(B) the movant’s attorney certifies in writing any efforts made to give notice and the reasons why it should not be required.

The Court finds that Plaintiffs have met this requirement. Plaintiffs have submitted the affidavits of Brent Ririe and Elena Hall which clearly show that immediate and irreparable injury will result before the adverse party can be heard. Specifically, those affidavits provide that the following irreparable harm may occur:

(1) diminished sales and diluted trademarks, trade names, and goodwill;

(2) lost control and quality of its products and business in the specific foreign countries for which they are intended; or

(3) exclusion from the market altogether.

Additionally, Plaintiffs have provided the affidavit of counsel which details the efforts made to give Defendant notice of the Motion and why, based on Defendants’ previous conduct, further notice should not be required. Based on the materials presented, the Court finds that Plaintiffs have met the requirements for an ex parte temporary restraining order.


The standard for a temporary restraining order is the same as a preliminary injunction.

31 “A preliminary injunction is an extraordinary remedy, and thus the right to relief must be clear and unequivocal.”

32 In order for Plaintiffs to be entitled to a preliminary injunction, Plaintiffs must show: (1) a substantial likelihood of success on the merits; (2) irreparable harm to the movant if the injunction is denied; (3) the threatened injury outweighs the harm that the preliminary injunction may cause the opposing party; and (4) the injunction, if issued, will not adversely affect the public interest.33 If Plaintiffs can satisfy the last three requirements, the standard for meeting the first requirement becomes more lenient.34 If however, the preliminary injunction would disturb the status quo, as it would here, Plaintiffs bear a heightened burden and must make a strong showing both with regard to the likelihood of success on the merits and with regard to the balance of harms.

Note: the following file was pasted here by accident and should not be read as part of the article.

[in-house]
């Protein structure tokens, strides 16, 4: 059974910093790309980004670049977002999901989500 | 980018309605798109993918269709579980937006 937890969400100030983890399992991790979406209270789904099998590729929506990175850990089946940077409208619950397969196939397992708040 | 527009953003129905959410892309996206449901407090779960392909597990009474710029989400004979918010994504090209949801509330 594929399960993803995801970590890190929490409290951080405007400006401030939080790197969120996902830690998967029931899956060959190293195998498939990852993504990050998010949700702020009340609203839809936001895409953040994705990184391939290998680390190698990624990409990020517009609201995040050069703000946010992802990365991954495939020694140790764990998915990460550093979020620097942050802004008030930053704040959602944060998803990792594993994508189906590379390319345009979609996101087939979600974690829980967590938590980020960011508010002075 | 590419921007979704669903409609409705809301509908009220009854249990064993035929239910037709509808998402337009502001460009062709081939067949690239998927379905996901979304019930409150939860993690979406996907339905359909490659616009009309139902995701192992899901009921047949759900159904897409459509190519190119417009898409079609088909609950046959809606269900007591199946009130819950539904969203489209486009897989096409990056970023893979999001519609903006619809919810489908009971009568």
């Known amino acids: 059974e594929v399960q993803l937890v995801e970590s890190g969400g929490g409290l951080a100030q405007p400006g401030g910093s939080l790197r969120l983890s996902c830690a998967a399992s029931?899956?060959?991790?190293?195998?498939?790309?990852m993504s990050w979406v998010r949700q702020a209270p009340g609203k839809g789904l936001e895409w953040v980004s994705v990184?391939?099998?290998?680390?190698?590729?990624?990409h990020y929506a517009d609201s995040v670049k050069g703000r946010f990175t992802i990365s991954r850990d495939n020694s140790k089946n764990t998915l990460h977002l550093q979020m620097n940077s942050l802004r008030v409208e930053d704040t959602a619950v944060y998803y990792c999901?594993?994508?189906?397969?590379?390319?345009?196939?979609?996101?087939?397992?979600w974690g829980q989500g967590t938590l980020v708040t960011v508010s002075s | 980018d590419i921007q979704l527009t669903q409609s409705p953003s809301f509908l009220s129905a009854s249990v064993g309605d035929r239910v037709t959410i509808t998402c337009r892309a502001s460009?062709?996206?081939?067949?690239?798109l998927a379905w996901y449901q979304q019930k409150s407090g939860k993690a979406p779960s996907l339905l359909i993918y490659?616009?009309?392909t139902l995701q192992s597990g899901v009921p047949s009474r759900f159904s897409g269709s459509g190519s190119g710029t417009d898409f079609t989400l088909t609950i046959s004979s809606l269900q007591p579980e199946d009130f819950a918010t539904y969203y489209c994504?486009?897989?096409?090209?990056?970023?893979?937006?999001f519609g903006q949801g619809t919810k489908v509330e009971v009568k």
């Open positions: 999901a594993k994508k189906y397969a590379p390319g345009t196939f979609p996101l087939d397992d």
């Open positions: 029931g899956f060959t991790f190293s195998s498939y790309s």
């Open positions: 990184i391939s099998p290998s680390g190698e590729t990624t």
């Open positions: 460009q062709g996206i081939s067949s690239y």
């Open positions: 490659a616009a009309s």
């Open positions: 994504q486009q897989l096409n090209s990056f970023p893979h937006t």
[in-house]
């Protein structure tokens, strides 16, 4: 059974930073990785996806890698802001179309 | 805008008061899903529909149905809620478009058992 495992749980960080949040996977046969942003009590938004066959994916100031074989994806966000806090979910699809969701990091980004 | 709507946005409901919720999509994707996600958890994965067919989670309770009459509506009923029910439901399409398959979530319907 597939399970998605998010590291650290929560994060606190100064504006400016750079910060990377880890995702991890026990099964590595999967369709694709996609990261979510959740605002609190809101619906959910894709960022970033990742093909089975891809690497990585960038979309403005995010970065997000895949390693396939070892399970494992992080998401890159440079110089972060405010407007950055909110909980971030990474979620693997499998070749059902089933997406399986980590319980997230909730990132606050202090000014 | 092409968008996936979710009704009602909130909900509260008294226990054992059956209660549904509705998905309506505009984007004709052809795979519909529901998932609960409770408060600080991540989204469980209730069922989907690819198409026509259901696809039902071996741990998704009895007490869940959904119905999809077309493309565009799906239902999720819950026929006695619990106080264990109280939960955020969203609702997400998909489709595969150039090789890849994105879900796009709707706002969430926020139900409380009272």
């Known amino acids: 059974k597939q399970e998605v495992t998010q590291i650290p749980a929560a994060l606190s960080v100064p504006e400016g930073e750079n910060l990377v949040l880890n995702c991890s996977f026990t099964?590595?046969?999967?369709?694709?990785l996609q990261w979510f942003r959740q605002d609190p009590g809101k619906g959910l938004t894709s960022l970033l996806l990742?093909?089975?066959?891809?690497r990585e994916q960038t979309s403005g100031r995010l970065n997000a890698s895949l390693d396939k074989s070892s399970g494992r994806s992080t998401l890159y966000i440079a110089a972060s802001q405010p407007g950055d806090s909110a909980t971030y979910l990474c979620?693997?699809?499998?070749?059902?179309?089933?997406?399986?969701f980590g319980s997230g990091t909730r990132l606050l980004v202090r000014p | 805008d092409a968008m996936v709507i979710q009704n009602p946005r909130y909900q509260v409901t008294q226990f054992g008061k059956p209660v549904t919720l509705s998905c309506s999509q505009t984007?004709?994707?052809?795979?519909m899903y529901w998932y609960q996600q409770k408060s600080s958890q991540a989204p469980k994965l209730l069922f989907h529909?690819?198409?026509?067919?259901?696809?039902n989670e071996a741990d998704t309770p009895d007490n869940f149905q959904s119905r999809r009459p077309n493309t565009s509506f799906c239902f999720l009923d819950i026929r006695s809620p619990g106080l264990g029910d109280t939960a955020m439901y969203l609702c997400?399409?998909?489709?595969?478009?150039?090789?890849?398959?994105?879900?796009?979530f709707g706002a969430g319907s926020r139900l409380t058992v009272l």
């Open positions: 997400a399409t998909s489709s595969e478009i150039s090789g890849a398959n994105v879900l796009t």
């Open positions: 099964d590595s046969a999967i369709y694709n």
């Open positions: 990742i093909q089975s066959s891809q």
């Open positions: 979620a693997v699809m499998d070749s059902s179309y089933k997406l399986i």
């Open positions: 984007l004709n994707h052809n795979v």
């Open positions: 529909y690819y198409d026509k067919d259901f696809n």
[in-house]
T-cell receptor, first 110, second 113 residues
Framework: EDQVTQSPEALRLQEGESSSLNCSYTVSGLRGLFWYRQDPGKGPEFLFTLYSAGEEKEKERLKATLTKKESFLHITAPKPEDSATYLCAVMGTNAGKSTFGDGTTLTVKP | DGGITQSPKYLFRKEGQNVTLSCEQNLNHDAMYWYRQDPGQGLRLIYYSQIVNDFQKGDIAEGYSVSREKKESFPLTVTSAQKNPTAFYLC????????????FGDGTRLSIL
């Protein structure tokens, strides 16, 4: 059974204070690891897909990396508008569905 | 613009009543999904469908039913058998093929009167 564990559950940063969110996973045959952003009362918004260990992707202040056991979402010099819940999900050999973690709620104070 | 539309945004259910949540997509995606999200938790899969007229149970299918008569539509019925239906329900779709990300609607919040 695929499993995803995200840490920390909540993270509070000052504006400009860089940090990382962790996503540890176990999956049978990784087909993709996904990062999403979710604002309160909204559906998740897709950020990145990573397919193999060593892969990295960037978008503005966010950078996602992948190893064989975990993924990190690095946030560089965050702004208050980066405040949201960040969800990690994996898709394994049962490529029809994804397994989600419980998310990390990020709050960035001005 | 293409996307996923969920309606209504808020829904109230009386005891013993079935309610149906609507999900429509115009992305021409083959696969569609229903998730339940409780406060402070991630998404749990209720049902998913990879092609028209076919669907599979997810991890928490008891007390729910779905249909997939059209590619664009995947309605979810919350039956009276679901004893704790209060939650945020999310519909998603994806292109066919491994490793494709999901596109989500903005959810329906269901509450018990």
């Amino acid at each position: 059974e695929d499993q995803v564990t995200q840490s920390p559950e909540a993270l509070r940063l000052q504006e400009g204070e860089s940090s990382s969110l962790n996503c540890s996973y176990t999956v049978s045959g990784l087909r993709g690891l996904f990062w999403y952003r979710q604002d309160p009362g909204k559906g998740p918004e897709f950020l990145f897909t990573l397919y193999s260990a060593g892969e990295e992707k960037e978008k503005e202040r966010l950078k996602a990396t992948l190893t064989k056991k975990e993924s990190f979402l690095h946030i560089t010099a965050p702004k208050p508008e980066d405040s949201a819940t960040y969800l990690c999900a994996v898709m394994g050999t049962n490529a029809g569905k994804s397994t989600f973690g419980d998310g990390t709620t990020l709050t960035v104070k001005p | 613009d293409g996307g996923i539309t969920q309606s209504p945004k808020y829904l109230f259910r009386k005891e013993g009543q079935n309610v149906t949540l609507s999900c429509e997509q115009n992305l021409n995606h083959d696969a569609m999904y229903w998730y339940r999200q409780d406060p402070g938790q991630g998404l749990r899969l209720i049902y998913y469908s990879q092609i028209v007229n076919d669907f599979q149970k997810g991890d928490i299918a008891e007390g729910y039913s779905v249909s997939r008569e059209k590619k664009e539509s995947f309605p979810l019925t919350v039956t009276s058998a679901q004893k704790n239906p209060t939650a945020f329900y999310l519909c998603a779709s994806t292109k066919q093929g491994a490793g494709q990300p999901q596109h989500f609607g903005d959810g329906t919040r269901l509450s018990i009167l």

35 1. Substantial Likelihood of Success a. Breach of Contract Plaintiffs’ first cause of action is for breach of contract. “The elements of a prima facie case for breach of contract are (1) a contract, (2) performance by the party seeking recovery, (3) breach of the contract by the other party, and (4) damages.”

36 Plaintiffs allege that Defendants have breached the Policies & Procedures by conducting unauthorized operations in China. The Court finds that Plaintiffs have presented sufficient evidence to show a substantial likelihood of success on the merits of their breach of contract claim. The evidence before the Court is that the parties agreed to a contract, namely the Policies & Procedures. MonaVie has presented evidence that it performed under the contract by paying Defendants all commissions earned by them under the compensation plan of the Policies & Procedures.

37 MonaVie has presented sufficient evidence that Defendants have breached a number of sections of the Policies & Procedures by their unauthorized actions in China. Finally, Plaintiffs have presented sufficient evidence of damages. Therefore, the Court finds that MonaVie has shown a substantial likelihood of success on its breach of contract claim.

b. Lanham Act
MonaVie brings two claims under the Lanham Act: trademark infringement and false advertising. “To prevail on a trademark infringement claim, the plaintiff must show that its trademark was used in commerce by the defendant without the registrant’s consent, and that the use is likely to deceive, cause confusion, or result in mistake.”

38 To succeed on its false advertising claim, MonaVie must show: (1) that defendant made material false or misleading representations of fact in connection with the commercial advertising or promotion of its product; (2) in commerce; (3) that are either likely to cause confusion or mistake as to (a) the origin, association or approval of the product with or by another, or (b) the characteristics of the goods or services; and (4) injure the plaintiff.